Welcome back to the Position Ranking Roulette! For those that are new, I take a look at each position in the league and how its' players favored for this past season only. We'll be using PFF grades, advanced metrics, and film to determine where each player ranks. Today, we'll take a look at a position that gets more important every season and sets the tone up front. Whether they lined up in the A or B gap, they'll be considered for this list, as long as they record 150 run defense snaps and 200 pass rush snaps. Let's take a look at the best interior defenders this season!
Photo: Kareem Elgazzar/USA TODAY Sports
12. DJ Reader (Last Season: N/A)
PFF Grade: 87.3 (6th)
Despite missing nearly half the games, DJ's impact was greatly felt by the Bengals defense. When DJ played a full game (9 games), the Bengals allowed 91 rush yards per game, 3.86 yards per carry, and 5 rushing TDs. In the games he missed or left early, they allowed 126.7 rush yards per game, 4.55 yards per carry, and 6 TDs. Individually, DJ ranked 9th with a 5.04% stop rate, 14th with a 9.96% pressure rate, and 2nd with a 2.16% batted pass rate. He wreaked havoc from the interior and gave a much needed boost to Cincy's defense.
11. Jeffrey Simmons (Last Season: #4)
PFF Grade: 81.1 (10th)
Coming off a career year, Jeffrey put up another solid season. He generated a 9.08% pressure rate while winning 12.8% of his pass rushes, both ranking near the top 20 among interior defenders, while posting 53 total pressures, which ranked 7th among all IDL. Add in 5 batted passes and 27 stops, Simmons made an impact in both the pass and the run.
10. Christian Wilkins (Last Season: #11)
PFF Grade: 85.1 (7th)
Wilkins has improved every season he's been in the league. He had the best stop rate among interior defenders at 5.78% while missing just 4% of his tackles, he tied for the most batted passes with 7, and he posted an 81.0 run defense grade, ranking 2nd among eligible interior defenders. Where Wilkins can still improve is his pass rush effectiveness, as he had a pressure rate of just 5.11%. If he can win more pass rushes and get to the QB - while maintaining his run game dominance, he'll put his name in the top 5 conversation.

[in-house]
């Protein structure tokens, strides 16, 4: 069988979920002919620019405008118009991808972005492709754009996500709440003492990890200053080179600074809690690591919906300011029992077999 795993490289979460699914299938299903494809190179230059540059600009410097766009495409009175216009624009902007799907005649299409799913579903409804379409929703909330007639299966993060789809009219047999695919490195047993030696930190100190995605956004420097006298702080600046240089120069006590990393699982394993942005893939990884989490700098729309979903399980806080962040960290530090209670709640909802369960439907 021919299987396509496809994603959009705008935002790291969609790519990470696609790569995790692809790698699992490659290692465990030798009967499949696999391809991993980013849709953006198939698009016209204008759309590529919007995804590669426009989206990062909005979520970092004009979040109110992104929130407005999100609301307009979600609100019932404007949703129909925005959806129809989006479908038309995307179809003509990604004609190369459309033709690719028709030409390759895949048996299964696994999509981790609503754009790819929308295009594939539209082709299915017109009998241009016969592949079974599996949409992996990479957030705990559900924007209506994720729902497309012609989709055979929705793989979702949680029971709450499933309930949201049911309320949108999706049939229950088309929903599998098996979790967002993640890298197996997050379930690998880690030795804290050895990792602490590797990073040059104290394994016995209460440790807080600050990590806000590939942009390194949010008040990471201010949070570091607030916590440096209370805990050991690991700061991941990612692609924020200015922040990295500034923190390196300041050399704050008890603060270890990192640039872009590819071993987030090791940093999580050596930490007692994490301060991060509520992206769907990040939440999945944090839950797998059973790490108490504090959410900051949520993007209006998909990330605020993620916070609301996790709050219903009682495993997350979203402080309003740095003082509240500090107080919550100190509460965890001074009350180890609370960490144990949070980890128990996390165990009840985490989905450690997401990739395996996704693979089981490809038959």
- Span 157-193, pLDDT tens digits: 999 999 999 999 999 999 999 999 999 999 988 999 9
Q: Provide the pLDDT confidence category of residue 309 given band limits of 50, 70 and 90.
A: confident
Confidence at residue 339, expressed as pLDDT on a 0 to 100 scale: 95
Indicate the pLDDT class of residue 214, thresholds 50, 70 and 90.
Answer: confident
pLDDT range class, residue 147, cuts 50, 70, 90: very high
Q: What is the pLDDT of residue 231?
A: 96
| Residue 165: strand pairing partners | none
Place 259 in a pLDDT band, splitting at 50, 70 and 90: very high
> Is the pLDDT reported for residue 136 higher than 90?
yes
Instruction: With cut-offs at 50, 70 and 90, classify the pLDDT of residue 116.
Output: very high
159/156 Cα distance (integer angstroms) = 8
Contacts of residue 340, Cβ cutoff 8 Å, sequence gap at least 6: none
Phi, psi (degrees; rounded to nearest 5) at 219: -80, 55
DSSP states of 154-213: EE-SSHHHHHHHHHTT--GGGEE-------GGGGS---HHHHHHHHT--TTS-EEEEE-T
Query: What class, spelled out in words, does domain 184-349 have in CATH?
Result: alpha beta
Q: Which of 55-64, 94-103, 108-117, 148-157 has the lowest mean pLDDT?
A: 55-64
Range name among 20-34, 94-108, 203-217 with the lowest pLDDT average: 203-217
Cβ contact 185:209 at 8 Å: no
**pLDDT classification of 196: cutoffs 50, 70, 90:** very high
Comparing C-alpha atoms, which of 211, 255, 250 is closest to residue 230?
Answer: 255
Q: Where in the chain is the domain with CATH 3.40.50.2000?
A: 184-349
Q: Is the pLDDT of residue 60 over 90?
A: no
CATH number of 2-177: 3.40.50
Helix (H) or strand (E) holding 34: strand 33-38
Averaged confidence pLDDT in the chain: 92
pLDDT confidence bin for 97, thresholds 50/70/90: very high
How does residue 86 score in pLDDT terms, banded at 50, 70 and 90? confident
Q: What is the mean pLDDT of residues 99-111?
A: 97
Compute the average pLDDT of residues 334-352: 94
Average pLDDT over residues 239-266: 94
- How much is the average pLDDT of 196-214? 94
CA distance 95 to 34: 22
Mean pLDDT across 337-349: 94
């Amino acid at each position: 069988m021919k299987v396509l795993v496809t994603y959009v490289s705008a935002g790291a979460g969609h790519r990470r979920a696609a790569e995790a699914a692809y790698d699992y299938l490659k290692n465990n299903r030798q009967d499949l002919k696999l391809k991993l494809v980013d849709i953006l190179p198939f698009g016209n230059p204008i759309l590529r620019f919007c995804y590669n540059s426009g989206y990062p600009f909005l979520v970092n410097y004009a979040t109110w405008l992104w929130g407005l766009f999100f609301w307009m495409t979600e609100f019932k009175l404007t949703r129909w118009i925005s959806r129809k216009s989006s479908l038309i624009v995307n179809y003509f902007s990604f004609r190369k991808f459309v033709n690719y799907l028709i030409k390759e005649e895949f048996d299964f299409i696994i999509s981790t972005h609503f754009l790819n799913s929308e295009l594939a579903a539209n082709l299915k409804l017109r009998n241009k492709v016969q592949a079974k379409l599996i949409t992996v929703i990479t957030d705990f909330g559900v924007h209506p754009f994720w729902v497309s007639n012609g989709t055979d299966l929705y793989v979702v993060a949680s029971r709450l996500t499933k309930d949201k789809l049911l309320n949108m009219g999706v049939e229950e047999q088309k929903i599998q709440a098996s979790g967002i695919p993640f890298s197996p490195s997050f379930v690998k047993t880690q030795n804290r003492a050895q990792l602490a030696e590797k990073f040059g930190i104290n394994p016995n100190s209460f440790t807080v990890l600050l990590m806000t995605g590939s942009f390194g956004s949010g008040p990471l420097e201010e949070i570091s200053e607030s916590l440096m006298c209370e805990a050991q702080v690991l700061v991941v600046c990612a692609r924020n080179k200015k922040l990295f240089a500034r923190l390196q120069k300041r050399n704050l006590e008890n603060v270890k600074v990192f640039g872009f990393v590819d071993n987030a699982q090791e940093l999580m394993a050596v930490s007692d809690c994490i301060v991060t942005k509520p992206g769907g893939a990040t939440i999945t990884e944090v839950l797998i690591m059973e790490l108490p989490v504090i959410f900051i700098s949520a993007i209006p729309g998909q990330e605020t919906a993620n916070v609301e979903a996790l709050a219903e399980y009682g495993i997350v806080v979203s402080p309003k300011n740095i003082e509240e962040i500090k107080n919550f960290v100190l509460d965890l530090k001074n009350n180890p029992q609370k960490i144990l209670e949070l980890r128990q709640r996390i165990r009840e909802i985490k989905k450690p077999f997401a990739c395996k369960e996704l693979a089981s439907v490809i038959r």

9. Derrick Brown (Last Season: N/A)
PFF Grade: 84.4 (8th)
It took a few years, but Derrick Brown finally had a top-10 worthy season. He tied for 13th with 31 stops, tied for 5th with 5 batted passes, finished 12th with 10 QB hits, and posted a 80.6 run defense grade, 3rd highest among interior defenders. These are really solid numbers considering he lined up in the A gap on nearly 42% of his snaps, which is the 2nd highest rate on this list. Similar to Wilkins, he needs to increase his overall pass rush production to be considered a top nose tackle in the league.
Photo: Sarah Stier/Getty Images
8. Jonathan Allen (Last Season: #3)
PFF Grade: 90.1 (11th)
Allen put up another menacing season, as he was a threat against the run and pass. He ranked 5th with a 5.36% stop rate, and he finished 18th with a 9.75% pressure rate. He also won 20.7% of his pass rushes against true pass sets, which placed 15th among IDL. Lastly, he had the 7th highest pass rush grade among interior defenders at a 81.1 mark. He wasn't as dominant as last season, but he was still impactful in multiple ways.
7. Aaron Donald (Last Season: #1)
PFF Grade: 90.5 (3rd)
Even in one of his least productive seasons (his 2nd lowest PFF Grade and pressure rate at 90.5 and 10.1% respectively), AD was still a force on the field. He posted a 5.37% stop rate, ranking 4th among IDL, and he tied for 3rd with a 19.1% pass rush win rate. If we put his pressure rate (which ranked 11th) and stop rate at the same snap count as Chris Jones, he would finish with 62 pressures and 49 stops, both of which would rank in the top 3. It pains me to put him this low, but he was outplayed on a snap-by-snap basis by some of his peers, and he didn't have the game volume to justify his efficiency. I'm hopeful he'll get back to the #1 spot one more time in his legendary career.